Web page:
This book is a great starting point for anyone who wants a down-to-earth understanding of the anti-aging movement, and the prospect of human longevity. You will not find here any outlandish claims or daring predictions of when exactly this longevity revolution will start; but instead, you'll get an overview of the body of research being built up as we speak, that will lead sooner or later to the achievement of one of mankind's oldest and most desperate quest. You will also get reasonable predict ...more
Jul 05, 2015 rated it liked it  ·  review of another edition
100 Plus was a solid overview of the current state of the art in extended human longevity, as well as the potential impacts that longer lives will have on the earth and its inhabitants. One big impact that I hope extended longevity would have is that long term problems like climate change might be taken more seriously by a generation in power that might otherwise see it as unlikely to impact their lifetime.

I bought 100 Plus because it was recommended by Peter Thiel in Zero to One. A partial expl
Stephanie A. Weeks
I think this is a really important book that I completely picked up on a whim. I'm glad I did. This stuff is extremely relevant to us today at a time where the science for longevity is in desperate need of what Sonia calles "salesman" who are enthusiastic showcases of knowledge.

Chock full of information concerning how different aspects of culture will be affected by this notion of living longer. Incredibly fascinating read full of thought-provoking data. Author Sonia Arrison does a great job of
Nov 06, 2013 rated it liked it
Shelves: nonfiction
An interesting but not ground-breaking book about what it might be like if we could live to be 150. The subtitle pretty much sums it up: How the coming age of longevity will change everything, from careers and relationships to family and faith. The book fell flat to some extent because it was mostly conjecture. The author quotes plenty of "experts" but didn't add anything new to the dialogue. Most of this stuff the reader could have thought of on his own. Still, it did cause me to think about ho ...more
Oct 24, 2016 rated it it was ok
Not a lot of insight beyond what was in things like Wired Magazine (even at the time the book was released). I was expecting a bit more on the societal questions on how radical longevity might affect a modern civilization, and while these elements were certainty touched upon, it never went very far or posited anything interesting.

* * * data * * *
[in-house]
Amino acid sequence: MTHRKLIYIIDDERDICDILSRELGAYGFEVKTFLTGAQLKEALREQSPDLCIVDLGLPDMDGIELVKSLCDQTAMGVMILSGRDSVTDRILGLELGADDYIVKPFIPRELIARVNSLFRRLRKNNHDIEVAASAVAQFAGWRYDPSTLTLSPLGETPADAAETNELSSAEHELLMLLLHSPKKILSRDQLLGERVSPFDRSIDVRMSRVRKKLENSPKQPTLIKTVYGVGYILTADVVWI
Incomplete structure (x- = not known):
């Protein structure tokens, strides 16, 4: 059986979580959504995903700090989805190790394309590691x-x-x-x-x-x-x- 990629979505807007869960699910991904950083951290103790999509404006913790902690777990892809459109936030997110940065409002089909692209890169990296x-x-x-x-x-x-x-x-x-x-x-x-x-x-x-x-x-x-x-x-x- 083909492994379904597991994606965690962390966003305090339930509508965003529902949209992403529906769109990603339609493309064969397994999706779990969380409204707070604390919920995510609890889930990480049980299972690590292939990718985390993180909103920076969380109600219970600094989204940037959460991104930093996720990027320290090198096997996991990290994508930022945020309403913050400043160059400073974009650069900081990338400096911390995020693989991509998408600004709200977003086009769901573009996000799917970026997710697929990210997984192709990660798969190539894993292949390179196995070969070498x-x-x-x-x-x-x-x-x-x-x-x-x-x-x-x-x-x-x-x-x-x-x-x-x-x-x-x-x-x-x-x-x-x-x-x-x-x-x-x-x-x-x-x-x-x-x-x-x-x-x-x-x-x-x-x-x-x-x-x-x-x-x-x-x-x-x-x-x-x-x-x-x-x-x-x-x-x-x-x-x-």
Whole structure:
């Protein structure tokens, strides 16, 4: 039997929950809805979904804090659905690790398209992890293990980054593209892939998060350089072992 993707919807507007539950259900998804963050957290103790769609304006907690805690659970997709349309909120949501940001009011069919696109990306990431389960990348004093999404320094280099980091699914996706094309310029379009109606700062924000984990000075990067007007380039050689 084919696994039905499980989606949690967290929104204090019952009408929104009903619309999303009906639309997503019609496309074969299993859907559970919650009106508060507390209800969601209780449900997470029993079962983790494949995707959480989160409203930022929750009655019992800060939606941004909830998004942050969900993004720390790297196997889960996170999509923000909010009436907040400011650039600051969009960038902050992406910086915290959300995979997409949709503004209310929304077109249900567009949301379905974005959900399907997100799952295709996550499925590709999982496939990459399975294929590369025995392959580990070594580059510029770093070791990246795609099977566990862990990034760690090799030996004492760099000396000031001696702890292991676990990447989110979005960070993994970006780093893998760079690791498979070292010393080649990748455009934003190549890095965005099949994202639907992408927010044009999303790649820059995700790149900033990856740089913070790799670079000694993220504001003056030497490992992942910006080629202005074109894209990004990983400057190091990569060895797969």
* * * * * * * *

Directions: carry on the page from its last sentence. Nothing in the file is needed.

The writing was very accessible, to its credit, but it wasn't much of a read, and if you haven't gotten around to this one (by 2016) I wouldn't recommend keeping it on
deleted d
Mar 29, 2015 rated it really liked it
Having people live twice as long isn't going to be bad. and abundance! How awesome it'll be to live 150 years!? that'd be nuts :)

New technologies and progress in science are already providing us with ways to live much longer and healthier lives. As our life spans extend, this will have a huge impact on society and the way we approach our existence. However, humanity is creative enough and strong enough to deal with this, and we shouldn’t fear an aging, growing population.
Apr 25, 2012 rated it liked it
The tile for this book was more interesting than the contents. The author's main question was "what happens to society if life spans continue to grow". For example, what will families, medical care and retirement be like if the average person lives 150 years. The breadth of the book made it feel more like a general survey rather than an in depth exploration of an issue. Personally, I'd like to read more about the family when someone lives 150 years. ...more
Katherine Blocksdorf
Mar 26, 2012 rated it really liked it
I found this a very interesting look at the possibility of humans living beyond the age of 100. Because my husband was diagnosed with Parkinson's Disease 6 years ago, I was particularly excited about the information on stem-cell research. The book was an easy read, not filled with scientific jargon that might leave a 'simple mind' searching for definitions. Well worth reading. ...more
May 09, 2012 rated it liked it
I was very excited to read this book, but was somewhat disappointed. However, Arrison does make it easy for anyone who reads the book understand how we have the technology today to double our lifespan. But most of the book just shows the effect a longer life would have on our personal lives and society in general. Overall it was worth reading.
Dec 21, 2012 rated it it was ok
This book was on a really interesting subject....but I found it really dry and hard to get through. Some of the scientific research was cool, but very dry to get through. Loved the chapters on family and money, it was really interesting to read how longer lives might affect us in that way. Overall, pretty boring but an interesting subject. I skimmed a lot of it.
Jun 09, 2012 rated it liked it
An interesting analysis of longevity and related technologies and issues. There were some pretty big assumptions made and leaps in logic. I think, if you read it with a critical mind with the aim to question and think about the topics raised more than to learn real facts, then it's worthwhile. ...more
Rolando Gill
Dec 26, 2011 rated it liked it
First few chapters the author talked about the advances and new thinking and strategies of longevity research. Then she spent the next two thirds of the book speculating on the societal ramifications of many old old people.
Jose Neto
Nov 16, 2013 rated it really liked it
Great. Second part a little confused.
Jan 03, 2016 rated it liked it
Expected so much more.
Jul 29, 2015 rated it liked it
Lots of references to research & ideas. Food for thought & conversational
Carol Stewart
Jun 25, 2014 rated it liked it
Enjoyable book but I would love to have read a bit more content as to how longevity will occur.
Doug Allen
rated it it was amazing
Aug 14, 2011
Dawood Dilawar
rated it really liked it
Jan 16, 2016